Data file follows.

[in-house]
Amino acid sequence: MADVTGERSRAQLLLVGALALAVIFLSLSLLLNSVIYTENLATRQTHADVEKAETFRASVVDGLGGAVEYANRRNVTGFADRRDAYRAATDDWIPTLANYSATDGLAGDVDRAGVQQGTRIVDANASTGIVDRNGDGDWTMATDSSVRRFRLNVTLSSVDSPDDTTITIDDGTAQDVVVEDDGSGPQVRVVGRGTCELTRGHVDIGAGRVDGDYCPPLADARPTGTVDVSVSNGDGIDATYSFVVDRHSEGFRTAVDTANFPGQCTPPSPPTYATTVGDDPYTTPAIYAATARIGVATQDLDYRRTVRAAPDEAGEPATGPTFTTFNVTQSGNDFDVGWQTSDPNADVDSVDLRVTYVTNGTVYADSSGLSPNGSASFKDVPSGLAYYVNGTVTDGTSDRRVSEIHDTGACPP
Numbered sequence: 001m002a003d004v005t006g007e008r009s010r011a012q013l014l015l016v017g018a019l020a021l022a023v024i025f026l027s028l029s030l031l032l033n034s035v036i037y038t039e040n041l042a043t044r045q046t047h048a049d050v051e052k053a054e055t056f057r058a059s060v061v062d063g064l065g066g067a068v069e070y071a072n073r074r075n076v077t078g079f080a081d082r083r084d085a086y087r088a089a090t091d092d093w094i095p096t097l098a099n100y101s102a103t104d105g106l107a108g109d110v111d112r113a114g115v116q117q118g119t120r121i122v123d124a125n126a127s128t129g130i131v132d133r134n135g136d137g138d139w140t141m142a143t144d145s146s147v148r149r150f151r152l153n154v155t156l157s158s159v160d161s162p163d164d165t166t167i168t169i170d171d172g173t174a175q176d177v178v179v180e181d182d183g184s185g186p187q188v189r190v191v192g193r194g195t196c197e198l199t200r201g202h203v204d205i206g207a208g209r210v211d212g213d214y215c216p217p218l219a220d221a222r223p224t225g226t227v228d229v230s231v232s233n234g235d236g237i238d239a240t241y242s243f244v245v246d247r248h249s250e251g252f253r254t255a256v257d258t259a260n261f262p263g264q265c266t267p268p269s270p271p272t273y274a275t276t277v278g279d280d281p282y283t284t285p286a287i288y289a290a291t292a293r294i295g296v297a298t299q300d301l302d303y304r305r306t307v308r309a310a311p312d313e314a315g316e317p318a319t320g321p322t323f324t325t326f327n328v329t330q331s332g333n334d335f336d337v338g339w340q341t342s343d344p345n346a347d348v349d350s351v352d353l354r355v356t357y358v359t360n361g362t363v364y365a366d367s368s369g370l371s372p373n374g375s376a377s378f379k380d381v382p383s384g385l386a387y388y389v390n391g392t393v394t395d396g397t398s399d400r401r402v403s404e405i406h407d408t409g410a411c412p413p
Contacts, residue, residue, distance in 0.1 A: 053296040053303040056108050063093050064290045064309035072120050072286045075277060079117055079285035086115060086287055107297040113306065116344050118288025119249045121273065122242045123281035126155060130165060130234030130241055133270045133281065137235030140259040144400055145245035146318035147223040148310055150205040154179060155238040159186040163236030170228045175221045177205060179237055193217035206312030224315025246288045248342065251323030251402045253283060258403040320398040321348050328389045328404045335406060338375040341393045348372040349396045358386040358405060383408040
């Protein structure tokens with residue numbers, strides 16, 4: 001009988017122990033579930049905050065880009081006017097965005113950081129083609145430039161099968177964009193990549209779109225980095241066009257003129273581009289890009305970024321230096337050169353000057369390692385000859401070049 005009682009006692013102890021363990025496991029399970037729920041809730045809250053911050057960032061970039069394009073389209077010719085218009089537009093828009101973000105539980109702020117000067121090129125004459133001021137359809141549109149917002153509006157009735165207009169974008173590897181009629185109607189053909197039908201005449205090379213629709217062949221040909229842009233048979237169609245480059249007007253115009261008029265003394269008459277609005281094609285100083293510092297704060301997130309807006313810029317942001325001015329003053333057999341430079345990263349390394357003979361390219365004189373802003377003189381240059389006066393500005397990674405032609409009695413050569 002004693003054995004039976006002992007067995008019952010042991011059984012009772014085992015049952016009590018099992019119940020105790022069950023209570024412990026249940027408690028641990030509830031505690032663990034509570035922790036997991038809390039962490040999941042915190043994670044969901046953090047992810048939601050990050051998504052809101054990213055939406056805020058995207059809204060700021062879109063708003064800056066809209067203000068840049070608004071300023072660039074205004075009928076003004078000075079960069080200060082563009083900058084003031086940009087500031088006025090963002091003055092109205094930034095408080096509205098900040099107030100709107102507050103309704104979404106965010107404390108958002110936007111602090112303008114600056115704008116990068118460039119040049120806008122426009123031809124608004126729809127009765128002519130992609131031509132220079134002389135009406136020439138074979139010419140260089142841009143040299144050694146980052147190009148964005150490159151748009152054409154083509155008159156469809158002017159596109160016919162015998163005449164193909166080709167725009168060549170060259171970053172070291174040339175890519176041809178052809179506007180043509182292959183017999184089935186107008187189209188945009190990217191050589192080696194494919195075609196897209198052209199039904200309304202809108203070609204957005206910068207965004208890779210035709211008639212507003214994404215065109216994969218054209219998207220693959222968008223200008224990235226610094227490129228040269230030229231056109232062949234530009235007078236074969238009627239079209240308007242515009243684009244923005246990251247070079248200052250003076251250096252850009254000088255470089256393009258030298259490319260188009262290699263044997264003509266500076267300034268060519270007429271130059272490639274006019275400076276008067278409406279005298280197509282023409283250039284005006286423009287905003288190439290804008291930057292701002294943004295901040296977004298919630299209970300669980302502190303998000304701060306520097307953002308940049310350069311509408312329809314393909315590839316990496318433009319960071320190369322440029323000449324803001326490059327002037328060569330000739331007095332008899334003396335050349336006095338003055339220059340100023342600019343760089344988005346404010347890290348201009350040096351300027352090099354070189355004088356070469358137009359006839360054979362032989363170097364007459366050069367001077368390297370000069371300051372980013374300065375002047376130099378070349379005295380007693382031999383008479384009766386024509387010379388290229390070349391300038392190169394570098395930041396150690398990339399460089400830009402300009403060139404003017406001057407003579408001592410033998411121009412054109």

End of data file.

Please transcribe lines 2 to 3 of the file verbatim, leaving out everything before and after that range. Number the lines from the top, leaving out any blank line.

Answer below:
Amino acid sequence: MADVTGERSRAQLLLVGALALAVIFLSLSLLLNSVIYTENLATRQTHADVEKAETFRASVVDGLGGAVEYANRRNVTGFADRRDAYRAATDDWIPTLANYSATDGLAGDVDRAGVQQGTRIVDANASTGIVDRNGDGDWTMATDSSVRRFRLNVTLSSVDSPDDTTITIDDGTAQDVVVEDDGSGPQVRVVGRGTCELTRGHVDIGAGRVDGDYCPPLADARPTGTVDVSVSNGDGIDATYSFVVDRHSEGFRTAVDTANFPGQCTPPSPPTYATTVGDDPYTTPAIYAATARIGVATQDLDYRRTVRAAPDEAGEPATGPTFTTFNVTQSGNDFDVGWQTSDPNADVDSVDLRVTYVTNGTVYADSSGLSPNGSASFKDVPSGLAYYVNGTVTDGTSDRRVSEIHDTGACPP
Numbered sequence: 001m002a003d004v005t006g007e008r009s010r011a012q013l014l015l016v017g018a019l020a021l022a023v024i025f026l027s028l029s030l031l032l033n034s035v036i037y038t039e040n041l042a043t044r045q046t047h048a049d050v051e052k053a054e055t056f057r058a059s060v061v062d063g064l065g066g067a068v069e070y071a072n073r074r075n076v077t078g079f080a081d082r083r084d085a086y087r088a089a090t091d092d093w094i095p096t097l098a099n100y101s102a103t104d105g106l107a108g109d110v111d112r113a114g115v116q117q118g119t120r121i122v123d124a125n126a127s128t129g130i131v132d133r134n135g136d137g138d139w140t141m142a143t144d145s146s147v148r149r150f151r152l153n154v155t156l157s158s159v160d161s162p163d164d165t166t167i168t169i170d171d172g173t174a175q176d177v178v179v180e181d182d183g184s185g186p187q188v189r190v191v192g193r194g195t196c197e198l199t200r201g202h203v204d205i206g207a208g209r210v211d212g213d214y215c216p217p218l219a220d221a222r223p224t225g226t227v228d229v230s231v232s233n234g235d236g237i238d239a240t241y242s243f244v245v246d247r248h249s250e251g252f253r254t255a256v257d258t259a260n261f262p263g264q265c266t267p268p269s270p271p272t273y274a275t276t277v278g279d280d281p282y283t284t285p286a287i288y289a290a291t292a293r294i295g296v297a298t299q300d301l302d303y304r305r306t307v308r309a310a311p312d313e314a315g316e317p318a319t320g321p322t323f324t325t326f327n328v329t330q331s332g333n334d335f336d337v338g339w340q341t342s343d344p345n346a347d348v349d350s351v352d353l354r355v356t357y358v359t360n361g362t363v364y365a366d367s368s369g370l371s372p373n374g375s376a377s378f379k380d381v382p383s384g385l386a387y388y389v390n391g392t393v394t395d396g397t398s399d400r401r402v403s404e405i406h407d408t409g410a411c412p413p